Tiny zebra and quagga mussels are making big trouble for Great Lakes ecosystems. The invading mussels first arrived in the late ’80s and mid ‘90s respectively as stowaways on European freighters. Two decades later, the shellfish have drastically changed the environments of the Great Lakes. The zebra mussels are more familiar to the masses, but quagga mussels have surpassed them in infamy.
“For years, all the talk was about the zebra mussels. And then its close cousin come in, the little quagga mussel and wreaks more havoc on these huge offshore system,” Gary Fahnenstiel, senior ecologist at the National Oceanic and Atmospheric Administration’s Great Lakes Environmental Research Laboratory, told the R& D magazine.
Both mussels are voracious filter feeders, filtering the lake water for food and consuming other organisms native species are accustomed to eating. Specifically, according to the R&D magazine, the mussels are depriving the lakes of beneficial algae. As a result, the effects of scarce algae are felt from the very bottom to the top of the lake food chain.
“These are astounding changes, a tremendous shifting of the very base of the food web in those lakes into a state that has not been seen in the recorded history of the lakes,” Mary Ann Evans, a research fellow at the University of Michigan School of Natural Resources and Environment, told R&D. Evans was the main writer for “Incidental Oligotrophication of the North American Great Lakes.” She and her fellow researchers concur that sudden and drastic ecological changes are cause for concern and new plan of attack is necessary.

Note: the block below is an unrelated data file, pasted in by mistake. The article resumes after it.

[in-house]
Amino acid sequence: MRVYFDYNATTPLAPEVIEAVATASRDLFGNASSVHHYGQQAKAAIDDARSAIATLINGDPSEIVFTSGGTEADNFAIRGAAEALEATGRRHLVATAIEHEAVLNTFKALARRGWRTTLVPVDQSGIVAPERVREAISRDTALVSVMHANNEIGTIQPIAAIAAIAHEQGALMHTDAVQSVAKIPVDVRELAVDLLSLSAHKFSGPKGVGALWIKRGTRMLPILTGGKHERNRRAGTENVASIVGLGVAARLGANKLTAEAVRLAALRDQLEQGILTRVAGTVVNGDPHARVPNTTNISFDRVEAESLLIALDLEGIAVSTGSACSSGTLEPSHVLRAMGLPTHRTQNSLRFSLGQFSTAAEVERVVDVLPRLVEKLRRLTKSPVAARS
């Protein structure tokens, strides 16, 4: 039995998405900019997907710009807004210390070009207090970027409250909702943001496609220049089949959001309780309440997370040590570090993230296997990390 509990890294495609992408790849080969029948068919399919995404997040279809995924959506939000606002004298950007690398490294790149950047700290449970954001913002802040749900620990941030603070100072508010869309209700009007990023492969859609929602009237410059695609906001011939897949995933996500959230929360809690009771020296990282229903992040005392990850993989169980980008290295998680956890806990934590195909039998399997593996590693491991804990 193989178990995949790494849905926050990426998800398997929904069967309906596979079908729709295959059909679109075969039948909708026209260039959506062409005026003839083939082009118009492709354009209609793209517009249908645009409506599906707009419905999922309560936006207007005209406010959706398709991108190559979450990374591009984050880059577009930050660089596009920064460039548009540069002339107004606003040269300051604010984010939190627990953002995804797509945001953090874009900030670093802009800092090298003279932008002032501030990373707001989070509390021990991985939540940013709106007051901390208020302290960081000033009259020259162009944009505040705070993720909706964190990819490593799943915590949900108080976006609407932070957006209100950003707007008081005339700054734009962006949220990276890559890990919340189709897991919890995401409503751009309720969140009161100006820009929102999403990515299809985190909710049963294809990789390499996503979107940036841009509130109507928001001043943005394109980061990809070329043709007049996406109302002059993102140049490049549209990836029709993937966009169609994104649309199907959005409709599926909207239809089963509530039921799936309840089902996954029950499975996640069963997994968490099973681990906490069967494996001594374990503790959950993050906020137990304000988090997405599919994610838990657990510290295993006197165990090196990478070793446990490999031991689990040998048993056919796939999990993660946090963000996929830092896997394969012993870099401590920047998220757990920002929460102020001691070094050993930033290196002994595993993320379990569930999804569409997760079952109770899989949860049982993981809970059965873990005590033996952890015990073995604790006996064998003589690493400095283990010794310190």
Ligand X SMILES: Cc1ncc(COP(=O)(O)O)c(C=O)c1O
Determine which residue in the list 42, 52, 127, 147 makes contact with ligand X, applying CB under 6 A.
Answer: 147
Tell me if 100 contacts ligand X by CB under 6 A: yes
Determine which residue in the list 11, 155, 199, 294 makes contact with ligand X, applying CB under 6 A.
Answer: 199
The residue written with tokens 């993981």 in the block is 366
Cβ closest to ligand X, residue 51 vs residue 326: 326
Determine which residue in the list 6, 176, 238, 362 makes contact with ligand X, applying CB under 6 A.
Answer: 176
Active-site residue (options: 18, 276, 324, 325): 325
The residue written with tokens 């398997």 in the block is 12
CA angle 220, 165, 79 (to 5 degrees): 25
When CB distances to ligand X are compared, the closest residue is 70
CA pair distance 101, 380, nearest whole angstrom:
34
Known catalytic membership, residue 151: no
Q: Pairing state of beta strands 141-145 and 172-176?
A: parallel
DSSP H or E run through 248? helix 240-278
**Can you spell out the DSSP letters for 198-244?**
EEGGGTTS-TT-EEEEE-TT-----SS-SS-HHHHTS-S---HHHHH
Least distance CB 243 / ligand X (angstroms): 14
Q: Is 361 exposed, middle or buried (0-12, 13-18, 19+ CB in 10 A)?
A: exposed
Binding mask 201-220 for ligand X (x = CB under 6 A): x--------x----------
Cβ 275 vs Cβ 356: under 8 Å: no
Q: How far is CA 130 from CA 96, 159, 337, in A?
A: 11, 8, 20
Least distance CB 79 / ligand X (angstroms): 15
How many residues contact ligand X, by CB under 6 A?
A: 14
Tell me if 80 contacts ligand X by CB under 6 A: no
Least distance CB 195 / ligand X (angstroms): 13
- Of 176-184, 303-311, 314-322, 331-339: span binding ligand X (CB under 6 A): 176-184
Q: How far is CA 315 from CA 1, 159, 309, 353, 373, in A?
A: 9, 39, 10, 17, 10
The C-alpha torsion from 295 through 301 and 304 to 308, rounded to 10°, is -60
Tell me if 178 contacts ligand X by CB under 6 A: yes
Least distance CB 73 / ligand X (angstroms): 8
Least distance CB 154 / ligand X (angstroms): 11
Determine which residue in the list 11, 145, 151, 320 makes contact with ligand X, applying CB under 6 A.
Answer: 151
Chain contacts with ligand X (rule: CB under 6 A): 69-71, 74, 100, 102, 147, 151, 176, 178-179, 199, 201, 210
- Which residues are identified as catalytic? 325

“New strategies for managing the lakes are urgently needed,” said Donald Scavia, University of Michigan director of the Graham Environmental Sustainability Institute and one of the paper’s collaborators. “Ecological changes that formerly occurred over decades are now happening in just a few years, so we need to adapt our management policies to this new reality.”
The mussels can also block pipes, such as water intakes, air conditioners and firefighting equipment. The U.S. Bureau of Reclamation encourages boaters to follow the motto, “Clean, Drain, Dry” to help prevent spreading the mussels to other bodies of water. Boaters should wash debris from their boats with hot water if possible, drain any area that can hold water, and wait a minimum of five days to ensure the boats are completely dried.
Invasive mussels causing massive ecological changes in Great Lakes [R&D Magazine] Water Recreationists Encouraged to Prevent Spread of Invasive Mussels [Bureau of Reclamation] Oligotrophication [Encyclopedia.com] Don’t Move a Mussel! [Nevada Fish and Wildlife Office]
Image Credit: Courtesy of Michigan Sea Grant